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Rocket Men

The Daring Odyssey of Apollo 8 and the Astronauts Who Made Man’s First Journey to the Moon

By Robert Kurson
15-minute read
Audio available
Rocket Men: The Daring Odyssey of Apollo 8 and the Astronauts Who Made Man’s First Journey to the Moon by Robert Kurson

Rocket Men (2018) tells the riveting story of Apollo 8, the moon mission that put the United States ahead of the Soviet Union in the Space Race. In 1968, NASA chose to risk everything. They had to beat the Soviets to the moon, and they had just four months to do it.

  • Amateur astronomers
  • Space-exploration enthusiasts
  • People with an interest in politics and social issues of the 1960s

Robert Kurson is an award-winning writer whose work has been published in the New York Times Magazine, Rolling Stone and Esquire.

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Rocket Men

The Daring Odyssey of Apollo 8 and the Astronauts Who Made Man’s First Journey to the Moon

By Robert Kurson
  • Read in 15 minutes
  • Audio & text available
  • Contains 9 key ideas
Rocket Men: The Daring Odyssey of Apollo 8 and the Astronauts Who Made Man’s First Journey to the Moon by Robert Kurson
Synopsis

Rocket Men (2018) tells the riveting story of Apollo 8, the moon mission that put the United States ahead of the Soviet Union in the Space Race. In 1968, NASA chose to risk everything. They had to beat the Soviets to the moon, and they had just four months to do it.

Key idea 1 of 9

The Space Race began as a rivalry between the two largest Allied powers, the Soviet Union and the United States.

Cast your mind back to 1946. The Second World War had come to an end. The Allied forces, led by the Soviet Union and the United States, had been victorious. But relations between the two countries hadn’t just deteriorated; they’d become distinctly sour. In that year, Joseph Stalin declared that the Soviet Union would soon surpass the West in science and technology, and an ideological battle began.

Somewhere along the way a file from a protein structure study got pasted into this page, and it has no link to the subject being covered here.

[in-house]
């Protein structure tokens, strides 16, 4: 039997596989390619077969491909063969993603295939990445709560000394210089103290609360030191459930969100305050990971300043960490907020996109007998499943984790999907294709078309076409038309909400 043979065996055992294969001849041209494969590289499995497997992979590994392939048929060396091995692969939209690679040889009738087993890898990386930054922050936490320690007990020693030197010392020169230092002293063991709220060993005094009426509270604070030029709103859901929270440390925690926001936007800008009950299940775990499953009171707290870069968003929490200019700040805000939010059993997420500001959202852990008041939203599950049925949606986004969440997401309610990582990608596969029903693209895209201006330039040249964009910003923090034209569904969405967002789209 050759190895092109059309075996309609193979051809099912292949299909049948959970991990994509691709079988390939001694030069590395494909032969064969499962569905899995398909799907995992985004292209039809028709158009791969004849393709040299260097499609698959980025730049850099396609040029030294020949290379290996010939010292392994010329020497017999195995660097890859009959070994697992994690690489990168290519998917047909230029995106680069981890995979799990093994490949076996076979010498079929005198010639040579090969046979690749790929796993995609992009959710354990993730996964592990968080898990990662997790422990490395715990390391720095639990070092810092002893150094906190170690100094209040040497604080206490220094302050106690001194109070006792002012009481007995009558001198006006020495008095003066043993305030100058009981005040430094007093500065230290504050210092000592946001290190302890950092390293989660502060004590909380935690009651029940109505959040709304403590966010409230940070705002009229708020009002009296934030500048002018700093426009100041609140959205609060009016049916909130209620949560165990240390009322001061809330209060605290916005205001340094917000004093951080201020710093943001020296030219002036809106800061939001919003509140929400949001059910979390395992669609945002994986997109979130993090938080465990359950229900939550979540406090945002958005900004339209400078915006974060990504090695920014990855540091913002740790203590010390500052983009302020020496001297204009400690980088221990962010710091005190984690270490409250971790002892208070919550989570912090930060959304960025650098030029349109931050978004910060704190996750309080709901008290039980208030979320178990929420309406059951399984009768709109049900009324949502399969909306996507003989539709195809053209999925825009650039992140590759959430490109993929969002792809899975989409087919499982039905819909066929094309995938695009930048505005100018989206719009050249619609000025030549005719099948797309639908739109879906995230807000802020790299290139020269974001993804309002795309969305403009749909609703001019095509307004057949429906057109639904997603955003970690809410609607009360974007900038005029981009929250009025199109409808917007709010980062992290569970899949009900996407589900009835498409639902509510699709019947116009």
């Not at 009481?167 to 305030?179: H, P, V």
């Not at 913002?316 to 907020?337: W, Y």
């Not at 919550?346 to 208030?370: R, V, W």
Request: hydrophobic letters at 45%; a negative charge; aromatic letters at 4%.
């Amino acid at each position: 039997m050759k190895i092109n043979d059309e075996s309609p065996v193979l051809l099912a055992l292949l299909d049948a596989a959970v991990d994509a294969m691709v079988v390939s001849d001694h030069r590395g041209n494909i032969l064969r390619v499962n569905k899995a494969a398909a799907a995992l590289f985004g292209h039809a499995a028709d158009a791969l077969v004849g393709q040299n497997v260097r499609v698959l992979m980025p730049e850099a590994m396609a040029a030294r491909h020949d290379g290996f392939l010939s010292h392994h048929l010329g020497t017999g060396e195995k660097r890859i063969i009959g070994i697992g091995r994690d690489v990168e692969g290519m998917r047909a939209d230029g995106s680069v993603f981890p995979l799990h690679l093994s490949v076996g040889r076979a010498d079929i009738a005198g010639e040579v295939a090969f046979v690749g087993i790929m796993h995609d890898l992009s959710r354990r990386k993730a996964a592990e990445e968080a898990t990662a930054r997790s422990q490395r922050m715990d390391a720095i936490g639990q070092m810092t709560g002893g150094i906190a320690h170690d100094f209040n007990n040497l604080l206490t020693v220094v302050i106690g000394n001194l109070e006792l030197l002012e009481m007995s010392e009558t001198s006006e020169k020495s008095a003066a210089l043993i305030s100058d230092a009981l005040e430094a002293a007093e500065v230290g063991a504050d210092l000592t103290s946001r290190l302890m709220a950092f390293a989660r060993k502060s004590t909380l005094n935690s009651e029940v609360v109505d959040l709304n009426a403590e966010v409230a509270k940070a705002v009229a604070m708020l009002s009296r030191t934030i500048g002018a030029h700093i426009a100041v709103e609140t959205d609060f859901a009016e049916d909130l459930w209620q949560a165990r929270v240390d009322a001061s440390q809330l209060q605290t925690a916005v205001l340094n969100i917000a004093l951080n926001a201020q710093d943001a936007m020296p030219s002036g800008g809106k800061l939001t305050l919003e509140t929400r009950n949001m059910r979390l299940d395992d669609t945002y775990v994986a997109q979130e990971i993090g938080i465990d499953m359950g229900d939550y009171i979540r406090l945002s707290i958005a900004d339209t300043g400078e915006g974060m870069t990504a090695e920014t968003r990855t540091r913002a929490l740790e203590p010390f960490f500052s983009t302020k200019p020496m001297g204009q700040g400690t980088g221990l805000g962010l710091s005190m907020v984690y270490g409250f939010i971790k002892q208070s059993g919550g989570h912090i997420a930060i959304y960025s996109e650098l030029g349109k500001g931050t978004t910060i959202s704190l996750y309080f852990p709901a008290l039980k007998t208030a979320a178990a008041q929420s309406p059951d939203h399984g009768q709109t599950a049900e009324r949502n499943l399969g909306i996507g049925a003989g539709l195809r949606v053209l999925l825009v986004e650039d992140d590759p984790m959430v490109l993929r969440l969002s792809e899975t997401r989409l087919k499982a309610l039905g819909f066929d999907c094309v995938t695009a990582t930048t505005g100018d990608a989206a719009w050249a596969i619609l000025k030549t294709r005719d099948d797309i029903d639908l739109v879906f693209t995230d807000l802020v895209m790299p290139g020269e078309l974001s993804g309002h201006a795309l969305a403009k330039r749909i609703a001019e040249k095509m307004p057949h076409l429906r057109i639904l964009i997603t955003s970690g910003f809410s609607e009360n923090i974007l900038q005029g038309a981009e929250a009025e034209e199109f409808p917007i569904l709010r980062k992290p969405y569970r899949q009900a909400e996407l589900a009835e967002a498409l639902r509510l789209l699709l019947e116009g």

By the end of the 1950s, it was clear that Stalin had made no idle boast. The Soviet Union already had the upper hand.

The symbolic peak of the Soviet Union’s success was the launch of the famous Sputnik satellite into orbit. Though small, this technological step, taken in October 1957, was significant for humankind. But the technological clout of the Soviets gave many people pause. After all, rockets that were powerful enough to launch satellites into space would be powerful enough to launch missiles across the world.

To make matters worse, the United States was lagging behind. When they attempted to send their own satellite into space that same year, it was a massive failure. The rocket rose just a few feet above the launch pad before crashing back down and exploding.

And then, in April 1961, the Soviets confirmed their dominance. Russian cosmonaut Yuri Gagarin became not just the first human to be fired into space; but they also achieved the very tricky task of getting him to orbit the Earth, and then to return safely again.

It was clear after Sputnik that if the Americans wanted to keep up, they would have to push themselves to the limit. Their efforts had mixed results.

To begin with, in September 1958, president Eisenhower created the National Aeronautics and Space Administration (NASA).

Thanks to NASA, astronaut Alan Shepard became the first American in space when he flew the first mission of its Mercury program. Shephard’s mission was a success, but somewhat underwhelming when compared to the Soviet’s accomplishments. He had made it to space, and he had made it back, but he’d only managed to do it after Gagarin.

That same May, President John F. Kennedy stood before Congress and proclaimed that the United States would not stop. Its audacious goal was to send a man to the moon and bring him home safely before the end of the decade. This sounded impossible – but striving to achieve the impossible pushed the United States to catch up to the Soviet Union.

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